While the expected impact of the budget cuts on the residency programs is dramatic, medical school officials say they also will have to cut services to make ends meet. All state-run health-related higher education institutions, as well as the privately owned Baylor College of Medicine, which receives some state dollars, were included in the average 5-percent cut in general revenue appropriations. That cut actually was less than originally anticipated, says Stacey Silverman, program director of the coordinating board.

"That decrease is less than [the cuts for] the general academic institutions and less than the community and technical colleges," Ms. Silverman said. Those schools took 7-percent and 10-percent cuts, respectively.

Most of the funding cuts for the health science centers came in a reduction in the state's funding formula system, which has been used to set state medical school appropriations since 1999. The formula's base unit was reduced from $11,776 per student to $9,934, a 16-percent reduction. That means state appropriations to medical schools will be reduced from $56,000 per medical student to $47,000.

While the cuts average 5 percent, there was great variation among individual institutions. Dr. Dickey says her institution took one of the smaller cuts, at about 1 percent. She praised College Station-area lawmakers for preserving the school's funding, but added that A&M also was aided by its rapid growth. While such a small cut was good news, it also is bad news because it leaves the school scrambling to figure out how to fund that growth in the coming biennium.

"The reality is the cuts are much more substantial than 1 percent because our health science center is in a rapid growth phase," Dr. Dickey said. "At a time when we would have anticipated that growth to show a substantial increase in state dollars because of an increased number of students, we actually stayed level."

While A&M's cut was small, it may actually be hurt more than other institutions because it is most dependent on state revenue, Dr. Dickey says. A&M gets roughly 68 percent of its operating funds from state appropriations, compared with about 50 percent for the University of North Texas Health Science Center, and between 15 and 20 percent for UT System health science centers.

"It's not that the state gives less money to the UT health science centers; they actually get more total dollars, but they have over the years had opportunities to diversify their budgets," Dr. Dickey said. "They have good practice plans, they have hospitals they run or own. We don't have a practice plan, and we don't own a hospital."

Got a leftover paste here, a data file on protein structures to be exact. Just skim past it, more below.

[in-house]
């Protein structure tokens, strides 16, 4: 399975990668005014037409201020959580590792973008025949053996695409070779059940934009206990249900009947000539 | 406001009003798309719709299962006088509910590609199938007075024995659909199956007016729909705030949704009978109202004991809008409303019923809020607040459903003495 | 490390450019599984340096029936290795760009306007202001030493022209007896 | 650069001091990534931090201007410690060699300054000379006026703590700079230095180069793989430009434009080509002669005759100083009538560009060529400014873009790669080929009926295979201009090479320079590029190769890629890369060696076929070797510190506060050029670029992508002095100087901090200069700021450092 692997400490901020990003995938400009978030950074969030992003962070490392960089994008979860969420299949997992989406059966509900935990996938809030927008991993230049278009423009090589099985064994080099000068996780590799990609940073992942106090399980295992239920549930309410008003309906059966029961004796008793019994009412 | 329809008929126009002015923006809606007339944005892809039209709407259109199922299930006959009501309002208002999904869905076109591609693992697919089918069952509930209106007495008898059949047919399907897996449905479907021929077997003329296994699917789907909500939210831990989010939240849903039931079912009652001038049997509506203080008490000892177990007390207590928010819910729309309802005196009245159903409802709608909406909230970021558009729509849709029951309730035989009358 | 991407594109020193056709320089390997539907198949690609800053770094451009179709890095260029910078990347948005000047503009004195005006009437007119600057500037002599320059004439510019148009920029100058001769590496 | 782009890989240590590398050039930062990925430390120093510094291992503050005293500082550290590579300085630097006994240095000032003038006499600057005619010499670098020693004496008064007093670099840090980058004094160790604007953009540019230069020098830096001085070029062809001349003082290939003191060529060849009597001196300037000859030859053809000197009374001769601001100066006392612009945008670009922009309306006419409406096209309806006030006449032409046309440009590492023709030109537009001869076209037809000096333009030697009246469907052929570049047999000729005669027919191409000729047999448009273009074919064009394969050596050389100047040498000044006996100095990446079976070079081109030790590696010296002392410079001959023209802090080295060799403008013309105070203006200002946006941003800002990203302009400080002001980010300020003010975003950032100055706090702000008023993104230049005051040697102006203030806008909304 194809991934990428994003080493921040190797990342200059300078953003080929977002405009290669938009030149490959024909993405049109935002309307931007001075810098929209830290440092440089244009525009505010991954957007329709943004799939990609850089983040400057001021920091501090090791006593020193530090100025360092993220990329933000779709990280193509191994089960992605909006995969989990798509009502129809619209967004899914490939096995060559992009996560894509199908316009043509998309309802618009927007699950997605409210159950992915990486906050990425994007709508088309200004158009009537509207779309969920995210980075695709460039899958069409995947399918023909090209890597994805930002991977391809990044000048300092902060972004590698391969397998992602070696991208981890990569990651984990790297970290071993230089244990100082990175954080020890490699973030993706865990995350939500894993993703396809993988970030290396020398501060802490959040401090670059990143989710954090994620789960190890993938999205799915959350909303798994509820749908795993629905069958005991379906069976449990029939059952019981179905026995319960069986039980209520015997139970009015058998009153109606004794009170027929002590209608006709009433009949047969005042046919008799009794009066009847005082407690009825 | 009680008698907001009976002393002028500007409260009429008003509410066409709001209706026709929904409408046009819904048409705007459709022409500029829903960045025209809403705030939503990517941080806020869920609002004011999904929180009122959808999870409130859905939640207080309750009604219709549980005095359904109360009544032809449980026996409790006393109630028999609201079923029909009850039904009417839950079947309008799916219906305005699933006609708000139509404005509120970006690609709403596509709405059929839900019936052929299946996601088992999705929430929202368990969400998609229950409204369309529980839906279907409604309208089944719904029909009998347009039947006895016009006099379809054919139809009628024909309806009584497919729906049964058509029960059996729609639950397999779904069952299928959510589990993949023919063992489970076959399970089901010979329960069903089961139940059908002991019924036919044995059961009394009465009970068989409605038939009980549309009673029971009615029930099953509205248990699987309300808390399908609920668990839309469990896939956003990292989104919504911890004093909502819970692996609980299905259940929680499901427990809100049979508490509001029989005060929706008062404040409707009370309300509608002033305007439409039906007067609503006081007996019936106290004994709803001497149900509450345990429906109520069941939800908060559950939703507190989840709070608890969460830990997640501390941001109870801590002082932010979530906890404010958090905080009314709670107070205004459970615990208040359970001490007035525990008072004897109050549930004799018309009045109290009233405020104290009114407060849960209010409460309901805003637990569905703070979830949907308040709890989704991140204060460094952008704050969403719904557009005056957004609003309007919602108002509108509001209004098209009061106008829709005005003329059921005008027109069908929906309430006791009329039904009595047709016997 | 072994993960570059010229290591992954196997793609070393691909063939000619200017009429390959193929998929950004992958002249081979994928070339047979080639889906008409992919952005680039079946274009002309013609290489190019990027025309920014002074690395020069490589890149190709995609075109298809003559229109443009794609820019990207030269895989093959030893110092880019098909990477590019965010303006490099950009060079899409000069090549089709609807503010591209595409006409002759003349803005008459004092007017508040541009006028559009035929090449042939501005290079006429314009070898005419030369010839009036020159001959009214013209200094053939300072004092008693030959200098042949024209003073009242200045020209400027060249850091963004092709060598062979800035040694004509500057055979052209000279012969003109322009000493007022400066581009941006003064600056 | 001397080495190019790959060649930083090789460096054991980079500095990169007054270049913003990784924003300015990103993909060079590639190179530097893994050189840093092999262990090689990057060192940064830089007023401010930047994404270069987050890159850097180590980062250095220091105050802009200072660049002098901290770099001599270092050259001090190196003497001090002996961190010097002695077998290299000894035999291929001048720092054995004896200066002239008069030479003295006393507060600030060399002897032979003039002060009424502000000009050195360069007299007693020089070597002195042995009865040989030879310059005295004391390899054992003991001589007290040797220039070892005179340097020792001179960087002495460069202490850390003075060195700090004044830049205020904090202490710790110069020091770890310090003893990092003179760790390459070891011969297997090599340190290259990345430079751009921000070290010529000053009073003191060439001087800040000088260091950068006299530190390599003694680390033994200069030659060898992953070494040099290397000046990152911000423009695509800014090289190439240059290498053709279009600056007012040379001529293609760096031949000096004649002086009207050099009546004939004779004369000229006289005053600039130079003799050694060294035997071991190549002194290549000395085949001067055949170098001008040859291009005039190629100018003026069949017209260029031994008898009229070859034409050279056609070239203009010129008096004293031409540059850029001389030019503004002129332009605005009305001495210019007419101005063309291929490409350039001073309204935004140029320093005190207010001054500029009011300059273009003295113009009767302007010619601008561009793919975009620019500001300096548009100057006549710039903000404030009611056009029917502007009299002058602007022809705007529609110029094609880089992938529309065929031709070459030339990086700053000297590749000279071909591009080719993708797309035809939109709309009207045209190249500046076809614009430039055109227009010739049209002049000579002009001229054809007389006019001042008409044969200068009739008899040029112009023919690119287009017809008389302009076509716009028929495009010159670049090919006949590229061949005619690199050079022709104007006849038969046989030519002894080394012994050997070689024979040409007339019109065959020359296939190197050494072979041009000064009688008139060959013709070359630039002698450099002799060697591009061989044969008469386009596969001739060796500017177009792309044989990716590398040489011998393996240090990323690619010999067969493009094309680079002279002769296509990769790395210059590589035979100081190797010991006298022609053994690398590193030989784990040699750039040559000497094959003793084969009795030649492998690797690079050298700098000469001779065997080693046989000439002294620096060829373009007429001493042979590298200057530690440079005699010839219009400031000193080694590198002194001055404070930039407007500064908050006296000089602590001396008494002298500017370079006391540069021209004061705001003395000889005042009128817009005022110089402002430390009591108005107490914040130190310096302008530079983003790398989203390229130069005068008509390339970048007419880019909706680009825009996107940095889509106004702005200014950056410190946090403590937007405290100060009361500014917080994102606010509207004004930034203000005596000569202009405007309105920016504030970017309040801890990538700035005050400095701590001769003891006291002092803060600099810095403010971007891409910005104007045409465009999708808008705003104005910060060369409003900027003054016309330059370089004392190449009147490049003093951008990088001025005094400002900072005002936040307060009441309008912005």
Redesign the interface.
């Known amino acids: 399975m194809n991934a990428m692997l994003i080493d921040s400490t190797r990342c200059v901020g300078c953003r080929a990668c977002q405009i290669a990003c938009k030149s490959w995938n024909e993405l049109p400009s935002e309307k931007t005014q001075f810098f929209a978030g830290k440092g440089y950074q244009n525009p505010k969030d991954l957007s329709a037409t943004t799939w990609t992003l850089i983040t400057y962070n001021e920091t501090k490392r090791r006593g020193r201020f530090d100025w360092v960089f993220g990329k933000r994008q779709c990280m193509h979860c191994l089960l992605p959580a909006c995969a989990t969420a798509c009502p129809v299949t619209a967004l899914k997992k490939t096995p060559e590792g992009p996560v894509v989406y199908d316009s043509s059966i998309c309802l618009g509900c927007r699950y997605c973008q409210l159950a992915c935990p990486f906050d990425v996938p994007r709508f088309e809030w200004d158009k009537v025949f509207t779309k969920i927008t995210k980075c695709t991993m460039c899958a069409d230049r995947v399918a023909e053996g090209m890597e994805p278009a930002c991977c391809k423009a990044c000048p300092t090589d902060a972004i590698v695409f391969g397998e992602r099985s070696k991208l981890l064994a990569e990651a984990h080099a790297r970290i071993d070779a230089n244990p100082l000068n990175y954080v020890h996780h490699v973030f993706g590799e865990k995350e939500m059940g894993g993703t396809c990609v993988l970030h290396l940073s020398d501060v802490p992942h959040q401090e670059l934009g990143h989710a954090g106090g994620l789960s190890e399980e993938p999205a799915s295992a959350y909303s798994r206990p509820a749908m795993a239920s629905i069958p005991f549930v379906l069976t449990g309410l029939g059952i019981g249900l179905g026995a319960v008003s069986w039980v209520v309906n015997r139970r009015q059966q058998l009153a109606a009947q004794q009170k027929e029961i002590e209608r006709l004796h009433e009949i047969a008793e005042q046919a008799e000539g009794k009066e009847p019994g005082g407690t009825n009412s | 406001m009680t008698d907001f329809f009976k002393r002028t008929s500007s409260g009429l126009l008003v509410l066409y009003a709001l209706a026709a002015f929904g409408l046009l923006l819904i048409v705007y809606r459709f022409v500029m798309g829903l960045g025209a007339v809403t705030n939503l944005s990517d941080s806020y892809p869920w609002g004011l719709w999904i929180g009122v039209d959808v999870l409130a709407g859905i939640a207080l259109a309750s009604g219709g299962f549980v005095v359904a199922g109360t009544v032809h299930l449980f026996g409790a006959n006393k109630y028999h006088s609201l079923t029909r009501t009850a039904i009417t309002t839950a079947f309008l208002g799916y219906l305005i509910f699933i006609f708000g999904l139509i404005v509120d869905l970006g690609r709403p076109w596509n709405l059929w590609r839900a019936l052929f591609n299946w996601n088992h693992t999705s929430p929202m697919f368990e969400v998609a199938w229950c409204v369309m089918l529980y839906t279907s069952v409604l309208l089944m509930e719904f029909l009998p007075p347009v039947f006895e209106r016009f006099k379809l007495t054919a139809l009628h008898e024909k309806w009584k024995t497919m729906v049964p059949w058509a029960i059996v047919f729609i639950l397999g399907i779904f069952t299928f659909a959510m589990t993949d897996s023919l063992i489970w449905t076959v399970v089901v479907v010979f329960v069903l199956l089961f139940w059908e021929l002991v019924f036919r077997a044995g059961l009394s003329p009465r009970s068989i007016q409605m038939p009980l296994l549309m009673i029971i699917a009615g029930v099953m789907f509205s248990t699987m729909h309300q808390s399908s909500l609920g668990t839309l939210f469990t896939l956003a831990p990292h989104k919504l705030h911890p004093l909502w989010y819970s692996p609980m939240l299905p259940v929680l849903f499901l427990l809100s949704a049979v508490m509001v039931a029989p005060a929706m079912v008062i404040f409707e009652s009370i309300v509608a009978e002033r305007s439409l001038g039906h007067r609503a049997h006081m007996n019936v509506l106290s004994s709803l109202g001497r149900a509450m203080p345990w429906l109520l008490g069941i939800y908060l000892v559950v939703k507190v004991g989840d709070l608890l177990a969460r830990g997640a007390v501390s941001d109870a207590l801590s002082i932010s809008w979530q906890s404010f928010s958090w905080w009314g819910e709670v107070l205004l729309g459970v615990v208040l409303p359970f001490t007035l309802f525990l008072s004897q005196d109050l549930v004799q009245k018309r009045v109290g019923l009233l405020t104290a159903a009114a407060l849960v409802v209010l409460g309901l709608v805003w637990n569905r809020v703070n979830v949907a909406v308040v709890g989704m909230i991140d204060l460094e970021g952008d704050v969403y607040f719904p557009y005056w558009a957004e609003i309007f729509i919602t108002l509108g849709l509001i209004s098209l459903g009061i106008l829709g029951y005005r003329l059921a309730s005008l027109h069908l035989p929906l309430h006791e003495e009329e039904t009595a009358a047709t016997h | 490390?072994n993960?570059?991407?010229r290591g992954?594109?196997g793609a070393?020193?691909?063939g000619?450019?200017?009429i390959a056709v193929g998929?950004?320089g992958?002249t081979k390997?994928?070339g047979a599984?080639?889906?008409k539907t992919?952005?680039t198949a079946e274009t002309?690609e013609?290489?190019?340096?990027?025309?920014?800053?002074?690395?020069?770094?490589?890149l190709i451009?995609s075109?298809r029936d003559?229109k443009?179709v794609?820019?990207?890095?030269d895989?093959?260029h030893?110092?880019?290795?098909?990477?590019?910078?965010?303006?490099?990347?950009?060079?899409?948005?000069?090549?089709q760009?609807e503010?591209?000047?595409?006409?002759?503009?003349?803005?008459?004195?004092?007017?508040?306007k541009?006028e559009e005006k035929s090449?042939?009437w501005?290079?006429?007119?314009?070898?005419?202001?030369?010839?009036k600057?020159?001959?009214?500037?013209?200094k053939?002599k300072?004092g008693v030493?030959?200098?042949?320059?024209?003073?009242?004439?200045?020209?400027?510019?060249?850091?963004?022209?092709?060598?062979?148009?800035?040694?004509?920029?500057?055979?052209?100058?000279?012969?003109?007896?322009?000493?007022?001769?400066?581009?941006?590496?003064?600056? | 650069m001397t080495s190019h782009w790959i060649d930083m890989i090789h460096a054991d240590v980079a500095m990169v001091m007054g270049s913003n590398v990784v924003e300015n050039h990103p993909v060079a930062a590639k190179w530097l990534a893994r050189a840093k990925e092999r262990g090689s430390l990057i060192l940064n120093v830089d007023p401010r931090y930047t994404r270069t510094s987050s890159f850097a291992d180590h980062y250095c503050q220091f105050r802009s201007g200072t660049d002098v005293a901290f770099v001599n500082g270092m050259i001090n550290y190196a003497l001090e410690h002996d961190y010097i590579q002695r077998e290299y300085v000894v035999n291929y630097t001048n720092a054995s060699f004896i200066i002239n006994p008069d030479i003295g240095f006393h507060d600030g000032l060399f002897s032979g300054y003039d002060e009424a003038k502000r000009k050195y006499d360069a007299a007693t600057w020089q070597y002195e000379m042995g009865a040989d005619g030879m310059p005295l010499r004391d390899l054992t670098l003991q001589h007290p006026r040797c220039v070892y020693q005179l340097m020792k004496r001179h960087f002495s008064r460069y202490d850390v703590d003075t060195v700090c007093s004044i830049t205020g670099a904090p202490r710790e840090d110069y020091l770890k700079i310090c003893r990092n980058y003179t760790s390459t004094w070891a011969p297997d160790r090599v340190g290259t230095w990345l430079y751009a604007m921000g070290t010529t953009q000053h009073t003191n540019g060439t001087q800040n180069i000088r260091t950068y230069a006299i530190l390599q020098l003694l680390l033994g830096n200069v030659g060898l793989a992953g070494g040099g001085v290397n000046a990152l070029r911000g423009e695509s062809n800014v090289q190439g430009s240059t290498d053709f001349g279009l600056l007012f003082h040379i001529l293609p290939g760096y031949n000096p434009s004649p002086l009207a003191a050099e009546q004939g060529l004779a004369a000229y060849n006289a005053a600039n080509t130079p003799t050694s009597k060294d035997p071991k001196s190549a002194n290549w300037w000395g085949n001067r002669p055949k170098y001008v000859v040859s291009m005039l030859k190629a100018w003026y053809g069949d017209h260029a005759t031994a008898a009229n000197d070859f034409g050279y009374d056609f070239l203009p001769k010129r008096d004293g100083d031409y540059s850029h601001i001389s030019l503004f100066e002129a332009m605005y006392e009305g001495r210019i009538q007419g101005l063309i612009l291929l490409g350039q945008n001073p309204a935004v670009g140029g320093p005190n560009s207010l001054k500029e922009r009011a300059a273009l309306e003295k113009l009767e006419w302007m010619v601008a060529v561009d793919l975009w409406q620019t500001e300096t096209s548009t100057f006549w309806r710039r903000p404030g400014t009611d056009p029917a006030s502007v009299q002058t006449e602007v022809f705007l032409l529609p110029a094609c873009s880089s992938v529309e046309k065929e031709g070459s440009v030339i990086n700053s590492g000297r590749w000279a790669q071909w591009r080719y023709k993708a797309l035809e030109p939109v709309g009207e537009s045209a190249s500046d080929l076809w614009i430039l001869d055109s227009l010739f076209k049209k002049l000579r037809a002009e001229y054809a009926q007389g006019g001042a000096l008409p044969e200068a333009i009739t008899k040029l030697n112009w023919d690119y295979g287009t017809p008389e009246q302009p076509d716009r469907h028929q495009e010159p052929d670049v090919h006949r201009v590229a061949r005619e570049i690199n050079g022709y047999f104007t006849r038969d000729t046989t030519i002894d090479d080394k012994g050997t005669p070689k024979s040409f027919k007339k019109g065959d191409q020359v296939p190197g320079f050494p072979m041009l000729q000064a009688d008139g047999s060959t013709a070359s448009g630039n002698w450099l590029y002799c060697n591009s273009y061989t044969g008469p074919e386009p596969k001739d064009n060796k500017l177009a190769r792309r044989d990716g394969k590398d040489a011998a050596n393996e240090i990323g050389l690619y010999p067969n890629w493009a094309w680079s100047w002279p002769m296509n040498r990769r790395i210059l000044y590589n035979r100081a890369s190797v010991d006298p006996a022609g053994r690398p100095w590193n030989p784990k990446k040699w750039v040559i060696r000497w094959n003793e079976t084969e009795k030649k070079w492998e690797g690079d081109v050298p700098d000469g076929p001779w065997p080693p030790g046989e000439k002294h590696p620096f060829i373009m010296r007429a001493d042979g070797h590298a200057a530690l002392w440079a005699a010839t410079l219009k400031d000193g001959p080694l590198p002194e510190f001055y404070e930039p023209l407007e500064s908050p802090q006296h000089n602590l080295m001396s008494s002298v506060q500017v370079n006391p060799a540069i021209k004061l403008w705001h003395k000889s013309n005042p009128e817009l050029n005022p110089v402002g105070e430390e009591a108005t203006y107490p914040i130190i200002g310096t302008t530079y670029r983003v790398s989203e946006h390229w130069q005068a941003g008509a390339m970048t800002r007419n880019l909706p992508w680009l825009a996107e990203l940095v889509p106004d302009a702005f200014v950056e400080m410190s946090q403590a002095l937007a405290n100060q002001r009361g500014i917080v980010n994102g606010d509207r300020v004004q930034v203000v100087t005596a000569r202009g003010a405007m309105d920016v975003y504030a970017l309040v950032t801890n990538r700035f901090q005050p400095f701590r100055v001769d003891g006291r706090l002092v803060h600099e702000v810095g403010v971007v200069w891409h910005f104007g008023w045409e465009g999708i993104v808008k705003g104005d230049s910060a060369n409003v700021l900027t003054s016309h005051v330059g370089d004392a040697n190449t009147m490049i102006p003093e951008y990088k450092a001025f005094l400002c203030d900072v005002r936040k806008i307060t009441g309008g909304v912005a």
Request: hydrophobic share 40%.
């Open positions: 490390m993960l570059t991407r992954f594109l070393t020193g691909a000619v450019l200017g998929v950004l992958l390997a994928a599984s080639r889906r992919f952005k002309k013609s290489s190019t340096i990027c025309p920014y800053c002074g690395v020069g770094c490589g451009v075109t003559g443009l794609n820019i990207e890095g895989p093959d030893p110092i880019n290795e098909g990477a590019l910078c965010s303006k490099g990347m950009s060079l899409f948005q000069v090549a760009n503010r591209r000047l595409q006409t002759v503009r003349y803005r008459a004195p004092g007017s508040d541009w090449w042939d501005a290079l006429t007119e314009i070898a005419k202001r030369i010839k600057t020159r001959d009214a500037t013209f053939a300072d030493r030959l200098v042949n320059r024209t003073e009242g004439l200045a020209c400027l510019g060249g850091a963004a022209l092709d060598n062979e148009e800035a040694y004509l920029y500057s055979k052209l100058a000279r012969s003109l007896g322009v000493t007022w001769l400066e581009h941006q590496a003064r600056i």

While A&M saw a small cut, some of the UT System institutions took much more significant cuts. The six UT System health-related institutions took a total cut of $78.05 million, or 5.18 percent, with UT Medical Branch at Galveston seeing the largest cut in general revenue at 8.65 percent, or $42.2 million. UT Southwestern Medical Center at Dallas was the only UT System health institution that did not get a cut. Its state funding actually increased 3.67 percent, or $6.84 million, because of special item appropriations to provide $7 million for research activities related to heart disease and stroke, neurological disease, cancer immunology, pharmacology, and genetics and molecular biology, and $7.87 million to fund an Institute for Innovations in Medical Technology.

Officials representing a majority of the state's medical schools say they will be able to shuffle funding and staff to preserve the core missions of their institutions, which are medical education and research. However, patient care and some program areas, such as allied health training, may have to be sacrificed, they say.

The 5-percent average cut for the medical schools, including Baylor, came on top of 7-percent reductions in fiscal year 2003 spending that Gov. Rick Perry asked all state agencies to plan for in order to resolve the shortfall in the 2002-03 budget. The impact of both cuts already is being felt.

For example, in late June, UTMB announced it would immediately lay off 100 employees and cut another 50 workers from its payroll by Sept. 1. Those layoffs came on top of 660 employees who lost their jobs earlier in the year.

Some laid-off employees were able to fill other positions at UTMB, but the medical school's president, John Stobo, MD, has warned his employees that lean times are ahead. And the lean times are not staring just UTMB in the face.

The Double Whammy  

Despite the fact that UT System schools generate more revenue through practice plans and hospital income than A&M or other institutions, Dr. Guckian says those revenues won't help his system's health science centers weather these tight economic times. In fact, he says cuts in Medicaid, CHIP, and the medical programs of the Texas Department of Criminal Justice will put an additional financial strain on UT System institutions and their partner teaching hospitals.

"We generate such a large part of our practice plan and hospital revenue from governmental payers -- Medicaid and Medicare -- that have limited reimbursement, and in Texas, for example, Medicaid is being cut," he said. "So we expect our Medicaid revenue to actually go down."

With the exception of M.D. Anderson, which generates millions in outside dollars from both public and private payers because of its reputation as a world-class cancer center, most other UT System institutions will have to cut patient care services so that their core missions of medical education and research can be maintained.

"They will have to cut back some services," Dr. Guckian said. "It's true not only for the Medical Branch, it's true for our affiliated hospitals, as well, like Parkland in Dallas, University Hospital in San Antonio, and Harris County Hospital District. These hospitals, because of the cuts in Medicaid and CHIP, also are facing budget shortfalls that they are going to have to adjust to. And because they're our partners, and in many respects they compensate us for the care we provide to their indigent patients, they're going to be strapped. As a result, we're going to be impacted by that."